Team Roofstock recently returned from the National Association of Real Estate Editors (NAREE) Spring Conference, an annual gathering of journalists and writers covering the residential and commercial real estate sectors.
The conference featured three days of expert-led educational sessions about the biggest trends impacting the sector. Browse some of our favorite soundbites for a quick glimpse at this year's top real estate topics and issues.
- Annual state of the nation housing report
- Topic 1: New landlords and cutting-edge investors
- Topic 2: The missing middle: The search for attainable housing
- Topic 3: Disruptors: Home buying in the new world order
- Topic 4: Mid-year economic forecast
Every year at NAREE, the Joint Center for Housing Studies at Harvard University releases its annual State of the Nation’s Housing report. Here are a few key takeaways, according to Managing Director Dr. Chris Herbert:
- Nearly a third of U.S. households (38.1 million) paid more than 30% of their incomes for housing in 2016
- More than half (20.8 million) are renters. Approximately 80% of renters and 63% of owners making less than $30,000 are extremely over-leveraged
Herbert also noted that immigration policy will be a strong driver of housing demand moving forward.
"We expect 3.6 million immigrants to enter the country over the next six years," he said. "This demographic trend will provide important direction regarding where the housing market will go.”
Speakers on the “New Landlords and Cutting-Edge Investors” panel examined how the single-family rental (SFR) market impacts the economy, how the sector has evolved and where there are new opportunities for real estate investing.
"As the single-family rental sector continues to mature, and the demand for housing remains strong, there will be more of a focus on single-family than multifamily housing because it (SFR) constitutes one-third of the U.S. housing stock right now." - Rich Ford, Chief Development Officer & Co-Founder
"The vast majority of single-family rental (SFR) owners are mom & pops. There were 19 million SFR homes, including condos in 2016, and that number jumped to 22 million in 2017, an increase of 12% YOY." - Daren Blomquist, Attom Data Solutions
“There’s a great need for folks to invest in this (SFR) asset class, and REITs are one way to do it, but we need to create other ways for people to invest in housing outside of the publicly traded markets.” - Rich Ford, Chief Development Officer & Co-Founder
One of the hottest topics at NAREE 2018 was the issue of “missing middle housing.” There is a shortage of 2- to 4-unit small-scale housing in major metros nationwide for the middle class. From a production standpoint, the share of all building permits in this category has decreased from about 9% of new homes in 1981 to about 3% as of 2017, according to Ralph McLaughlin of Veritas Urbis Economics.
“Everyone wants to be building middle-income housing but what does it mean for specific areas of the country? Everyone seems to love middle-income housing, but we don’t seem to be building enough. Why is that?” - Laura Kusisto, real estate reporter, Wall Street Journal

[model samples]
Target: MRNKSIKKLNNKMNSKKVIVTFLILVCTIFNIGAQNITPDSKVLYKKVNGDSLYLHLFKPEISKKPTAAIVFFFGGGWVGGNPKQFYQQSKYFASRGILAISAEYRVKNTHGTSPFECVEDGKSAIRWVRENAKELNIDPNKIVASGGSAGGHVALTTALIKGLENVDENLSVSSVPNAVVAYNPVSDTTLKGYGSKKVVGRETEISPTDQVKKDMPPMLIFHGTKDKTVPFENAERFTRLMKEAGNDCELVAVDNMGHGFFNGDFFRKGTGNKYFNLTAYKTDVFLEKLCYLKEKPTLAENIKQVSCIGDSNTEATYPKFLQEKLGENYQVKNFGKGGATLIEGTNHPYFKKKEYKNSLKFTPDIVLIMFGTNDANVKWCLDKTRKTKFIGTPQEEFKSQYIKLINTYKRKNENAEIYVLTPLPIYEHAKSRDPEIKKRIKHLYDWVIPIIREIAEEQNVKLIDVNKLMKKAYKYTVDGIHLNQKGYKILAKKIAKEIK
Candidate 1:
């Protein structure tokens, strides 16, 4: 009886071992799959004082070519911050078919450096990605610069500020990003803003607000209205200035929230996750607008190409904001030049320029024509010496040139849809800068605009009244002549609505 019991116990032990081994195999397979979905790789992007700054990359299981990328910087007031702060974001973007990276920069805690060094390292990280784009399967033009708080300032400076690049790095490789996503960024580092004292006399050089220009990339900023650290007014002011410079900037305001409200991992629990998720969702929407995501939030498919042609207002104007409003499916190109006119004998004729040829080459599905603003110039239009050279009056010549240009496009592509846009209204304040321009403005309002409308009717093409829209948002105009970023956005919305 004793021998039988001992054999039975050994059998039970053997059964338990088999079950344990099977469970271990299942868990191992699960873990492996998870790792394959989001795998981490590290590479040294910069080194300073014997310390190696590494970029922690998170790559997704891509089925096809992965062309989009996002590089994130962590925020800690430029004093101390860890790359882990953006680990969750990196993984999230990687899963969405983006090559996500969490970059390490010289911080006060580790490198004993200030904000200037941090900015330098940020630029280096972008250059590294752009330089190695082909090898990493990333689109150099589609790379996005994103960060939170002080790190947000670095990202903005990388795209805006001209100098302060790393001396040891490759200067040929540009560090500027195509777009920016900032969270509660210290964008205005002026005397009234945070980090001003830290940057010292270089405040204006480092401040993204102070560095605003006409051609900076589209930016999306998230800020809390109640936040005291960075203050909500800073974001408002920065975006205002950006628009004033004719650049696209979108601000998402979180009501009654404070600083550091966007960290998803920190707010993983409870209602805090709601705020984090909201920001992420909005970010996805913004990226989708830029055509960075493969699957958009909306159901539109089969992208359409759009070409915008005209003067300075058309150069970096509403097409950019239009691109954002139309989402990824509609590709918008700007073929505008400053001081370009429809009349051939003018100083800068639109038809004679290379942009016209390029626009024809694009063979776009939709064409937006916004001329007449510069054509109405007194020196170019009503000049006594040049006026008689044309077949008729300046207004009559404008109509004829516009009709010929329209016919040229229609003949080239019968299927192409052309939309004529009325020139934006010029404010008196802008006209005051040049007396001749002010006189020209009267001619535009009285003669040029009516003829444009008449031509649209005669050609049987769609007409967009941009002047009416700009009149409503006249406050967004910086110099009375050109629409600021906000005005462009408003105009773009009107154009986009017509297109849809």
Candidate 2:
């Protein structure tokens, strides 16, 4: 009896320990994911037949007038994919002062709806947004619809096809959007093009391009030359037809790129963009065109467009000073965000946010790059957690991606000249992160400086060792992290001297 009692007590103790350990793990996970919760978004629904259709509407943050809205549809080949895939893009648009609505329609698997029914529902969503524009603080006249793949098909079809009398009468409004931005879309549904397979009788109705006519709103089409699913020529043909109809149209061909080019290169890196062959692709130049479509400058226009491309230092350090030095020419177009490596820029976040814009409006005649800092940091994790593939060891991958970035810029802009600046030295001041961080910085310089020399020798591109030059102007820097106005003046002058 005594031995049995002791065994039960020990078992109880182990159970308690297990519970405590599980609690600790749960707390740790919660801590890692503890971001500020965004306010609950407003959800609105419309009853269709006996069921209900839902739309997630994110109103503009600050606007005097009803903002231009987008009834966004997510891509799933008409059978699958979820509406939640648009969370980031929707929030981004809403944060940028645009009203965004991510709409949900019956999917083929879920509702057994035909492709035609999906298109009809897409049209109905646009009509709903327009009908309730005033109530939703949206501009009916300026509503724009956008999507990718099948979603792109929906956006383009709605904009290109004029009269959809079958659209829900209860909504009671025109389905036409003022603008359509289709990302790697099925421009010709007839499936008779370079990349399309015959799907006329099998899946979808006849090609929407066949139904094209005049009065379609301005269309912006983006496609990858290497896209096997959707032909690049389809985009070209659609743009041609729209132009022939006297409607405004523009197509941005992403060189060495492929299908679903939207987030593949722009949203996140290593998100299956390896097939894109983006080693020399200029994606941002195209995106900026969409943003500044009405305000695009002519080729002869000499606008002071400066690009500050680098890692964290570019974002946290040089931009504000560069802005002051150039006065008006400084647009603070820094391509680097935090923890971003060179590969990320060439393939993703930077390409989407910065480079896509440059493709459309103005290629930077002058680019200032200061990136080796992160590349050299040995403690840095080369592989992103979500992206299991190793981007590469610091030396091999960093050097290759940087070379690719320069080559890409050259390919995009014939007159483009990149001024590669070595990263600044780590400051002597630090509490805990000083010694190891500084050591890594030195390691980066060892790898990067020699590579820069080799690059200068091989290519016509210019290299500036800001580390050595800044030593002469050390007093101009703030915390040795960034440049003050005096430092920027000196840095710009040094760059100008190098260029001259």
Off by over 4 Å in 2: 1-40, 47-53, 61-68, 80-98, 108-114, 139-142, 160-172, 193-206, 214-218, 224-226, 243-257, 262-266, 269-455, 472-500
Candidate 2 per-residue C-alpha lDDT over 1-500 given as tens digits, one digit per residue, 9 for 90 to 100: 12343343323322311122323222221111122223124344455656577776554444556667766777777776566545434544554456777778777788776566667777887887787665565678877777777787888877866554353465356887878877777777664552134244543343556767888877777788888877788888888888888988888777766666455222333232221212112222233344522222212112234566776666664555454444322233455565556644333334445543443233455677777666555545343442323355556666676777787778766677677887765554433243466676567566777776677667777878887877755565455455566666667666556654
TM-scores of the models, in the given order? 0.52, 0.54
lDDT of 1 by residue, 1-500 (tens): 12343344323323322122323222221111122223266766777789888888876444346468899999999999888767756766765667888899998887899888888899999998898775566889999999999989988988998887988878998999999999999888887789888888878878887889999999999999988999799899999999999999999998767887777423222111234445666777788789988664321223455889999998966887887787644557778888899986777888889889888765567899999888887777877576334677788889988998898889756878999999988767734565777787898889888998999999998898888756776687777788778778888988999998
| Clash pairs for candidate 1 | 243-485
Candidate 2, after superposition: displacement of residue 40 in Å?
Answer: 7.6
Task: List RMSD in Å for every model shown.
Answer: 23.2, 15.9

“Ninety percent of zoning codes are tremendous barriers. Zoning is now 100-plus years old and hasn’t changed much over 30 years. We feel pretty strongly that the planning and zoning laws in this country need a complete overhaul. -
Dan Parolek, Opticos Design
"As it gets harder and harder to deliver ‘missing middle housing’ – how do we do it in an affordable way? A triplex is one answer: Three housing units, but it acts like clustered (denser) housing.” - Dan Parolek
“Even when you look at locations in middle America, like Iowa and Nebraska, there isn’t a single city in the country where someone earning minimum wage can afford to rent a two-bedroom apartment. - Mark Wolf, AHV Communities
"People that already live in suburban or ex-urban areas adjacent to major markets want to protect what’s in their own backyard. We are all saying we need affordable, middle-class housing, but nobody wants to provide it." - Mark Wolf
"Our big cities are really our largest economic drivers, and there isn’t enough housing. We need to provide housing in places where there are jobs. Houston, Dallas and Austin have approved more housing than the entire state of California in the past few years.” - Ralph McLaughlin, Veritas Urbis Economics
The Disruptors panel explored how companies like Opendoor, which aims to make home buying a “one-click” process, are utilizing technology to improve the real estate industry.
“Live agents will be replaced by Alexa. A voice-enabled Alexa who can respond to someone who says, ‘I want to find a house where I can have a horse in my backyard.' In essence, a robot will show you the house.” - Ilyce Glink, author, financial journalist and radio personality of ThinkGlink
During this panel, leading real estate economists shared their outlook on the state of the U.S. housing market. The conversation focused heavily on the current barriers to home ownership—the main culprits being unattainably high prices, historic lack of supply and rising mortgage rates.
“Mortgage rates are up 0.7% and home prices are up 6% in the Core Logic Home Price Index (HPI). We are expecting mortgage rates to rise further over the next 18 months – 5.1% at the end of 2019, the highest in 10 years. That illustrates some of the affordability challenges we see in the market. This is much more acute for someone looking to buy a home for the first time. The erosion of affordability continues.” - Frank Nothaft, CoreLogic
“Most economists expect the recession to start in 2020, and 32% of the metro areas CoreLogic surveyed look like they’re in a bubble.” - Frank Nothaft, CoreLogic
“There’s a shortage of housing inventory: We are about 3,000 homes short of where we should be. Prices are at record highs, while listing prices are up 8% YOY.” - Danielle Hale, Realtor.com